How Hobos Happen

(Photo Credit: Flickr, Mariano del Valle)
(Photo Credit: Flickr / Mariano del Valle)

 

Society says money doesn’t make the man,
but when man doesn’t make the money either,
then what does that make him?

 

He will lose his honor, his hope, his self-respect
trying every thought he thought he ever had
to make money in an honest way, and still,
his resumes will go unanswered.

Most managers won’t even reply to tell him
of his uselessness to them, keeping him baited on the job hook
trying to breathe, swim, drown in the same ripple of muscle.

He will forego his mind and return to his once-able body,
breaking brick and hauling mass for 20-hour days
until his back submits and crumbles like the faulty frame
of the first and last house he was finally hired to build.

He will lose his home, his family, his feed, his health, his worth –
because what’s a man good for if he can’t provide anything?

He may lose himself in drugs, in theft, in violence –
but he’s only trying to give back to the economy
what it had once gifted him so unexpectedly.

They’ll call him shiftless, shameless, homeless,
lazy, broke, dumb, unlucky, crazy, fucked –
but his fullest story will go untold.

His pain and struggle will go unnoticed
as the hobo squatting on your favorite street corner
not begging for anything, but offering
to exchange his hard-earned wisdom for a few coins
dropped in his paper cup. But you will pass
him without eyes meeting. You will not listen
and not reply to his calls, no matter what he cries.

You will only pull your sweetie tighter,
urge your legs to move faster
and try to outpace his too-human stench
before it infects your life
and passes on his disease.

The 6 Types of Breakups

(Photo Credit: Flickr / Tanner Almon)
(Photo Credit: Flickr / Tanner Almon)

The we stayed in this for too long for hope of comfort.

The this is all happening too fast and we need to stop
burning rubber before we burn one another.

The hide your illness from me for over a year,
hope I never get good at the seek half of your games,
and cry childlike when I find and tag out.

The I stopped caring about you months ago,
but led you on and just decided, on a whim,
to tell you tonight that we’re through.

The I love you so much solo,
but we’ve never learned to play our song as a duet.

Death: The one that comes with flowers.

I Want My Brother’s Eyes

(Photo Credit: Flickr / Tommy Hoyland)
(Photo Credit: Flickr / Tommy Hoyland)

I want my brother’s eyes –
they can know success,
viability with one swift glance.
They can gaze and weigh without emotion,
like scissors shearing cloth.
Watch now as his jagged excess falls
to the ground, plopping
slopping into a heap to fester,
left for someone else to sweep up
the scraps, make do with that
with what he does not
want to be bothered by.

My People, Your People, Our People

(Photo Credit: Flickr / Looking4Poetry)
(Photo Credit: Flickr / Looking4Poetry)

My people came by boat, broke
with only bits of their broken families
and hands holding in the heat
of their mothers’ last kisses.
This would be the only thing to keep them
warm as they sliced across iced oceans.

My people have never owned other people.
This is the disclaimer I have used for decades.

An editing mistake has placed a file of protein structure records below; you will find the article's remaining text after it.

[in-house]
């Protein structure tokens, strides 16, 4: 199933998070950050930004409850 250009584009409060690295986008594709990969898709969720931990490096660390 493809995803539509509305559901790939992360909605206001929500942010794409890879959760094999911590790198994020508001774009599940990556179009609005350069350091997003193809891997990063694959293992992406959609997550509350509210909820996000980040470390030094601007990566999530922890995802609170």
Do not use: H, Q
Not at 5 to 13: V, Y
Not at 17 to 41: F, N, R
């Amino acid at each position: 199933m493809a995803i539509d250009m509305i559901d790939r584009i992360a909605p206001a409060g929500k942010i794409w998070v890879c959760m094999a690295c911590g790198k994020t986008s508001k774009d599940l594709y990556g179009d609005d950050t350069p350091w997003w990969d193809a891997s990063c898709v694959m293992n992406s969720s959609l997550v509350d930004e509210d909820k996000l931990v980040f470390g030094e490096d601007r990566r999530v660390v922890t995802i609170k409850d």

I’d hoped it would distinguish me
from every copied wasp that managed to cut
across ponds and sting the angered beasts
huffing and stamping on the other side.
We are more alike because we are so different –
someone clipped our wings, too;
we gave up flight and learned to hold
our breath for longer
and longer trips held underwater.

My people were fortunate to find soil here.
Yours still rage in the fruitless search of it.
We have discovered how to blend with the dirt,
to forget our native tongue and simply nod
whenever mistaken for what we’re not,
for what we’ve never been.
And for this,
they’ve finally accepted us as one.

Half-Marathon Spectating (for Brooke)

(Photo Credit: Flickr / The Q Speaks)
(Photo Credit: Flickr / The Q Speaks)

Humans were never built to run
26.2 miles in a single stretch, nor even 13.1 –
it’s a distance too far from healthy.

The first guy did it by accident,
uttered one word at the finish line,
and then collapsed when his heart
exploded like a 70mph cheetah’s.

We still whisper in worn textbooks
and primetime ad spots of his valiant stupidity,
mimicking his steps in boastful stride over
cleaned concrete and paved pathways,
repeating to ourselves under every heavy breath
Look who’s not dead (but feels like she is)!

And were it not for you, little sister,
I would not be out here in bum-fuck Georgia
at the ass-crack of dawn, sweating,
fighting wasps under this upcycled gazebo
until you run around a manicured park
for long enough to feel like you’ve cheated death
with two blistered and bloodied feet.

But this is what you do for the ones you love –
encourage them to race themselves til the end,
help piece their shattered hearts back together,
walk with them every time they stumble.

The Girl in Headshot 41

(Photo Credit: Flickr / LeninGlass)
(Photo Credit: Flickr / LeninGlass)

I’ve seen her nearly every day
since I’ve known her,
but never before in this form.

The 40 previous photos,
all slightly different iterations,
all leading up to this one,
have become ashes in this digital flame.

This pose, this angle, this lighting,
this smile is the one that will grab gazes
and melt hearts through thin, glossy paper.

This is not assumption;
it already has.

"How vain it is to sit down to write when you have not stood up to live." — Henry David Thoreau

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